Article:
Alternate headline: “He’s running.”

I sympathize with everyone who’s fuming over his dopey half-joke yesterday about Democrats acting “treasonous” for not clapping at good news during the State of the Union. (He wasn’t joking when he called them “un-American.”) It’s true that rank-and-file Dems happily lobbed terms like that at Republicans throughout the Obama years, and it’s also true that Obama had some dark moments of demonizing his Republican critics. None of which makes it okay when Trump does it, unless you think politics should aim for behavior that’s no better than your opponent’s was when he was at his worst:

Every president enjoys moral authority among his stalwart supporters to a degree unmatched in American life, which is perverse but not something that started with Trump, lord knows. He should be better than he was yesterday, even if he doesn’t want to be, purely in the interest of not lending that authority (or more of that authority) to the tendency of our era to view one’s political opponents as blood enemies.

But see, I’m torn. Because no matter how hard I try to match Flake’s civic indignation, I can’t take Trump seriously enough at this point to care deeply about his rhetorical excesses, especially when he’s riffing during a stump speech. As Charles Cooke said in a follow-up tweet:

This is who he is. Flake warns us not to treat Trump’s excesses as “normal,” an admonition frequently heard from his critics, but it’s inescapable that some normalcy will creep in as his presidency wears on. It’s just too draining to fume with indignation day in and day out, even where indignation would be in order if a more statesmanlike politician had said the same thing. I have the same problem sometimes while watching CNN, especially on a day when Trump’s done something outre even by his usual standards, like Sh*tholegate. Watching Tapper and Erin Burnett and Anderson Cooper and Don Lemon appear onscreen, their eyes practically welling with tears over what that man did now, is exhausting. This is why I recommended that they throw a truckload of money at Dave Chappelle or some other smart comedian and give him an hour in primetime. There has to be some middle ground in media reaction during the Trump era between Hannity/Pirro “O Captain My Captain” fawning over Trump and CNN-style endless mortification. The guy has a chronic case of diarrhea of the mouth and there’s no cure. How many times does he need to take a dump on the floor before you stop screaming about the mess and start treating it as something that’s foul, surreal, yet manageable?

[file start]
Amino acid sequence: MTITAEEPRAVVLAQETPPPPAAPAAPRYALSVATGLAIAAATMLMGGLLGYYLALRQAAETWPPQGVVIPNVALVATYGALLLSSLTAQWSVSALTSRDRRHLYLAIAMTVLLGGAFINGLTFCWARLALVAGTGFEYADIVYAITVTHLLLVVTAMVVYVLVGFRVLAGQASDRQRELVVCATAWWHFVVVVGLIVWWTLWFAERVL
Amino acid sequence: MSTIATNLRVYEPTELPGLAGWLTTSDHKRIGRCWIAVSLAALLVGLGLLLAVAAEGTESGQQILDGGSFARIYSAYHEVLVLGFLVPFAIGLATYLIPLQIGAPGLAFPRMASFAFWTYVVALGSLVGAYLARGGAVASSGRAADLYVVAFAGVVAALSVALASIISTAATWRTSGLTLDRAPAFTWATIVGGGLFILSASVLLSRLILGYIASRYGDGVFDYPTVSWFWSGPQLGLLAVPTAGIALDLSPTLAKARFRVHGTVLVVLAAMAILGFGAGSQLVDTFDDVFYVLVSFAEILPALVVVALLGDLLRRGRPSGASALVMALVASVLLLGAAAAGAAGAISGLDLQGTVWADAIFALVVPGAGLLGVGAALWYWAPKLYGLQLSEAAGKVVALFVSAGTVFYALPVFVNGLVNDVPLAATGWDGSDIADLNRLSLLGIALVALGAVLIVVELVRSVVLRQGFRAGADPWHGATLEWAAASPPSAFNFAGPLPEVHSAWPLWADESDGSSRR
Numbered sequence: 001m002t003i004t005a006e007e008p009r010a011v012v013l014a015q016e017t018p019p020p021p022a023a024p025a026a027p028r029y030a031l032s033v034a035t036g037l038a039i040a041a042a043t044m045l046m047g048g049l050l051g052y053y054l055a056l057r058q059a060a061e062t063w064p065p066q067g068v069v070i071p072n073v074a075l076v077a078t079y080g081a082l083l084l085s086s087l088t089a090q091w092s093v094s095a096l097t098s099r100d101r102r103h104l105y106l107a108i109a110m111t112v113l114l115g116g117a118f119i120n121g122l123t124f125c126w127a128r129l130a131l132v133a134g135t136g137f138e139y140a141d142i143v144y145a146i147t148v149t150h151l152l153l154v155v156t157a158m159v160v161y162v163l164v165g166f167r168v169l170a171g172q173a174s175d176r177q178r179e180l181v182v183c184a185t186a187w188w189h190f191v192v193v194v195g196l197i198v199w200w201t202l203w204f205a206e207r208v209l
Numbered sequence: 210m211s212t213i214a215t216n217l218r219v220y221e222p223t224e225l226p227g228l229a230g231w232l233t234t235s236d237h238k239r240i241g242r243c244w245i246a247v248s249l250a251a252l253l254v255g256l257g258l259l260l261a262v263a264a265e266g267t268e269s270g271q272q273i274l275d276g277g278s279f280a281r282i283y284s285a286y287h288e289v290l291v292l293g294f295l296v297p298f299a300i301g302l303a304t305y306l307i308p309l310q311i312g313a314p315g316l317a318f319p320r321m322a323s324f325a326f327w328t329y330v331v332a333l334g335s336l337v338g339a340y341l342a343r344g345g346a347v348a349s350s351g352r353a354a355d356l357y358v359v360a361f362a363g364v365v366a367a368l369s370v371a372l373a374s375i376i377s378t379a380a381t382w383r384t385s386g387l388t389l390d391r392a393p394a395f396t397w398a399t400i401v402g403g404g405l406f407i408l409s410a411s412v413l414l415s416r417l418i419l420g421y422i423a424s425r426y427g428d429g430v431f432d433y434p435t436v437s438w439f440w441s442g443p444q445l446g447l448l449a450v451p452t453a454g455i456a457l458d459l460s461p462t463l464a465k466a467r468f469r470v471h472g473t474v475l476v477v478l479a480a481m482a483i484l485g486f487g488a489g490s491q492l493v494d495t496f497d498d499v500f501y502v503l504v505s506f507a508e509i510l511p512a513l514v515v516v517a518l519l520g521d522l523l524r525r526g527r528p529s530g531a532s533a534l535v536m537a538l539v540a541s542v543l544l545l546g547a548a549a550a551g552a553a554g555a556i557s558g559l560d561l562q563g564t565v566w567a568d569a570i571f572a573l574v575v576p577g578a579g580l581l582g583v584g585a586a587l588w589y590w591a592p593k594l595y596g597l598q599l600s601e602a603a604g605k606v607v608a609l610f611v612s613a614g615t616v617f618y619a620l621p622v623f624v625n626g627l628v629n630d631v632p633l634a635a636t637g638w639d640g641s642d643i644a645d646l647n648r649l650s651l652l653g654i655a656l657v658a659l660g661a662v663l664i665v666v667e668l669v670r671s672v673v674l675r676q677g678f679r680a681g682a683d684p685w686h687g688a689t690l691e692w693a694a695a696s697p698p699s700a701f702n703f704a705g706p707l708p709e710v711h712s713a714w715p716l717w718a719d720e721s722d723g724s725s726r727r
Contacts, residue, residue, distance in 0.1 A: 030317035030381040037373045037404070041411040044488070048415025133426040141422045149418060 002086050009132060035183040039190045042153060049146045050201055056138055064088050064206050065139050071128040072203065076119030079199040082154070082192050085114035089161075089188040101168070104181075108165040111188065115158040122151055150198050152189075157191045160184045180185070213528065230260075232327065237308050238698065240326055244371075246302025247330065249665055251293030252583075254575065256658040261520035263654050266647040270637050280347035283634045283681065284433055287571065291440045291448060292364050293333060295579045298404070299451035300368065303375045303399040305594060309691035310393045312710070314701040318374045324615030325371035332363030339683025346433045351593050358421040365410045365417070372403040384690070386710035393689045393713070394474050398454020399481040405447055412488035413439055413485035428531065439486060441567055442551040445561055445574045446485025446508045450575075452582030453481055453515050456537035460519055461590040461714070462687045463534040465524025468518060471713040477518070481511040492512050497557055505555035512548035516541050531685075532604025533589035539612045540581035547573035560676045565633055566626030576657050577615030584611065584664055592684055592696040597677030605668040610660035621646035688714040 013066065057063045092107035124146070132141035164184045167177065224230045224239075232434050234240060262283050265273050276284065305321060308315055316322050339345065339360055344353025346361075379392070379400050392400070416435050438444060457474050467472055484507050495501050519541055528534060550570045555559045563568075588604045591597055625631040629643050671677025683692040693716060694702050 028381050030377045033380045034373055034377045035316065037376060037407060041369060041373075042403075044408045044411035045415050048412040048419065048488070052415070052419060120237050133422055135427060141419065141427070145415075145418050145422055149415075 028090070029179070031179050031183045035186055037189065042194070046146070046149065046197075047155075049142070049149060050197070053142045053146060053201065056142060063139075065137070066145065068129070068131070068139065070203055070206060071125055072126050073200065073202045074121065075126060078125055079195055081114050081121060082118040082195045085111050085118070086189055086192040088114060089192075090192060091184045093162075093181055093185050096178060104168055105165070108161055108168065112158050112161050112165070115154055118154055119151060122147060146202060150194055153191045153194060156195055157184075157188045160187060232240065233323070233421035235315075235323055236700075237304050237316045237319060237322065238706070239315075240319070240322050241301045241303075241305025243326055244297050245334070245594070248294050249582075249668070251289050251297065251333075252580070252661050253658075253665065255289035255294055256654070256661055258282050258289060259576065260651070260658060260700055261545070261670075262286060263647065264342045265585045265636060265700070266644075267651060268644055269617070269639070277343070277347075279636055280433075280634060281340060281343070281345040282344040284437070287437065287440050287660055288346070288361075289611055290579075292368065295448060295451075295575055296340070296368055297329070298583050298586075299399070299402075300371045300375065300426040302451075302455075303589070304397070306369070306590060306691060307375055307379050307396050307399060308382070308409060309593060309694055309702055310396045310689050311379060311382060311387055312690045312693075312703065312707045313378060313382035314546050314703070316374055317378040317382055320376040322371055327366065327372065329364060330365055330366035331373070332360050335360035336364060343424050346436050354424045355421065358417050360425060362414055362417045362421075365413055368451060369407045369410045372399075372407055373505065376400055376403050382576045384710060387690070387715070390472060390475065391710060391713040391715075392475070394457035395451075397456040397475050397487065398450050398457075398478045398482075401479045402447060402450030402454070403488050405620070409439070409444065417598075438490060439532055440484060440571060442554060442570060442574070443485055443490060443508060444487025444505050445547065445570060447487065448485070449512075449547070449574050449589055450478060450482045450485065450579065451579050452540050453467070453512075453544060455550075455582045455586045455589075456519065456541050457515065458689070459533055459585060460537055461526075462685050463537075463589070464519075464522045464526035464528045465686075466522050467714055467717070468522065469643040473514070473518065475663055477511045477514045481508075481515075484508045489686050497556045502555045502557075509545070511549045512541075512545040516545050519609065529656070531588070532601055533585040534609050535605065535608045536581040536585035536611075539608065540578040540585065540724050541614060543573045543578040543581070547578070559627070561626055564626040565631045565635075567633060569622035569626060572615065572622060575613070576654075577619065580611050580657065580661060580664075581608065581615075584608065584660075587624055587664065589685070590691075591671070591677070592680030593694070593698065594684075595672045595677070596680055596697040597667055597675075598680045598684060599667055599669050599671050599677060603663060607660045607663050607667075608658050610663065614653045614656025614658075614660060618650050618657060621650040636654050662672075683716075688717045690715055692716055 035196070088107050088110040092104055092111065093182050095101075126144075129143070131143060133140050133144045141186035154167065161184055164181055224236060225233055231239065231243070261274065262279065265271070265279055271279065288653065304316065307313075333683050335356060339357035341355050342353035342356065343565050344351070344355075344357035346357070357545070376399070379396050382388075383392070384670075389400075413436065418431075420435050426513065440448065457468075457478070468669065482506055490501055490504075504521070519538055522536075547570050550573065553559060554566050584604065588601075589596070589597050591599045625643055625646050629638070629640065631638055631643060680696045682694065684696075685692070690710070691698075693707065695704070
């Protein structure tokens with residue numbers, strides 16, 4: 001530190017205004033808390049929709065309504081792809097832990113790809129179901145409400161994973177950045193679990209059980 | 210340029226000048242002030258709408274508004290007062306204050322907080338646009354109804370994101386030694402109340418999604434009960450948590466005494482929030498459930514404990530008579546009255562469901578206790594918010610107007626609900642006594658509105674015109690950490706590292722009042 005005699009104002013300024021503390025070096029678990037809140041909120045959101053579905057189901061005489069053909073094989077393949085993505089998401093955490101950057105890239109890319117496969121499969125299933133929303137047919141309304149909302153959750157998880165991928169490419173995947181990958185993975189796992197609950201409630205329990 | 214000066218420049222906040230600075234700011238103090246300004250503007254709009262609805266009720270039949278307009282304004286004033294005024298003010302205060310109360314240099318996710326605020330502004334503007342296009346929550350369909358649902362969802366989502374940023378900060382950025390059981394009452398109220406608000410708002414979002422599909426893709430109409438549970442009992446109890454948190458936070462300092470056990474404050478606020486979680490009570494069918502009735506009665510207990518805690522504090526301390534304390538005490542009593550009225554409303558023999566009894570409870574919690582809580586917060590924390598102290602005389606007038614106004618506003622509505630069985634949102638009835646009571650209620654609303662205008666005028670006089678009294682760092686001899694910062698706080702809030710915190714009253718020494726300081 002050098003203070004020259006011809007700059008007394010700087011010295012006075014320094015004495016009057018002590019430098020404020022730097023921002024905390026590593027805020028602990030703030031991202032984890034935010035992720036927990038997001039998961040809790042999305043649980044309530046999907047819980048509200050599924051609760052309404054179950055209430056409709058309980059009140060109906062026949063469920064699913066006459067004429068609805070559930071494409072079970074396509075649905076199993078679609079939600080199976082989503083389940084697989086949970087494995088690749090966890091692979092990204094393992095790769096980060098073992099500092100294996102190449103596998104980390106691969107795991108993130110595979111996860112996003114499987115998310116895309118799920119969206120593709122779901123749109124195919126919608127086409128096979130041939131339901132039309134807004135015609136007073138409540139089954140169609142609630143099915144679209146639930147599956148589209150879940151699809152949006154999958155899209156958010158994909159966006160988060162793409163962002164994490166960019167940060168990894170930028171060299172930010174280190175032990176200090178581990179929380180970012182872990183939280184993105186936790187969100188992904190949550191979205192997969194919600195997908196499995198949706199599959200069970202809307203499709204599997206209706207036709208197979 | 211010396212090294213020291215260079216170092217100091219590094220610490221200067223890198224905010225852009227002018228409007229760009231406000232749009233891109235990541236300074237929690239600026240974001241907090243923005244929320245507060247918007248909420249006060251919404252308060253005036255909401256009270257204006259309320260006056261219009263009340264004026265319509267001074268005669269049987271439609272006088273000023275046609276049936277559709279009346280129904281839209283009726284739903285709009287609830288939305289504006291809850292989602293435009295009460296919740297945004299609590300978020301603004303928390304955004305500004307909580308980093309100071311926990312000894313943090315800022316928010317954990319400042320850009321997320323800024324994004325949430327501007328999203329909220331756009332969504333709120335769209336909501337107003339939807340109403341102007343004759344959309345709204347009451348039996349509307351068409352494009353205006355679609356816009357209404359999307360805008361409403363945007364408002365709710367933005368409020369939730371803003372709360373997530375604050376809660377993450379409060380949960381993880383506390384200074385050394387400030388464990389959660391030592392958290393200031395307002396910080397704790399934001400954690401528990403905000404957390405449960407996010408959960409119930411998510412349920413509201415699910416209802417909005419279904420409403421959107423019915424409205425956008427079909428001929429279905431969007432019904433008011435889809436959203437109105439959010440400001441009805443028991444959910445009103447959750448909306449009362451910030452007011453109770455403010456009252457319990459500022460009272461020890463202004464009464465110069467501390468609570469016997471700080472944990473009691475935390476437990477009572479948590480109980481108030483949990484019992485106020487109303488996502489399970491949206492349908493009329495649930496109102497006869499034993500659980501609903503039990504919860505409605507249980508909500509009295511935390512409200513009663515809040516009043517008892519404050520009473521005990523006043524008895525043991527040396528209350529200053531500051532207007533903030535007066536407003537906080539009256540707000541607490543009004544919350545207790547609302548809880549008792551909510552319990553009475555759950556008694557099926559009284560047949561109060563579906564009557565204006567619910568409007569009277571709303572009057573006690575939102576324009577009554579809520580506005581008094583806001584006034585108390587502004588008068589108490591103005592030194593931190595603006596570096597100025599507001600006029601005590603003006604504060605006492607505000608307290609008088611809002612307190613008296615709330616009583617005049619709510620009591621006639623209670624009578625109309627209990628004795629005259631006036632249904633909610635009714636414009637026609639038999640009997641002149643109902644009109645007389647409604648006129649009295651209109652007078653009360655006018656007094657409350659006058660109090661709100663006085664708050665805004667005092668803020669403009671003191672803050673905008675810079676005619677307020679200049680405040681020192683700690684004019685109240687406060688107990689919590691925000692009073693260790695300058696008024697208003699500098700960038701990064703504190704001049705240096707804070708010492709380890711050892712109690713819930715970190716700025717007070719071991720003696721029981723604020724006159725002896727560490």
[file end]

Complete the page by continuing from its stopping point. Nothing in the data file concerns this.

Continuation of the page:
The read on Flake here from Trump fans is that he’s grandstanding to prepare the ground for primarying Trump in 2020. Could be, although I continue not to see the point of that. He’ll get 15 percent of the vote from NeverTrumpers, lose every primary by 60+ points without Trump ever having to campaign, and that’ll be that. I think Flake’s moved by a combination of genuine civic concern and the suspicion that Trump’s loose-cannon moments might become less benign in time, as he starts to feel more confident about what he can do with his power. Today this speech feels like a minor overreaction, however well intended, but if Trump fires Rosenstein and Mueller tomorrow and/or starts handing out pardons to everyone in the West Wing it’ll look like Flake wisely discerned a serious threat to which even Trump skeptics like me were blind. I think he’s gambling that POTUS won’t be as “manageable” in time as he now appears.

Exit quotation: “Democratic colleagues love this country as much as we do. To suggest otherwise is simply unconscionable.” Is there any greater heresy in a tribal age?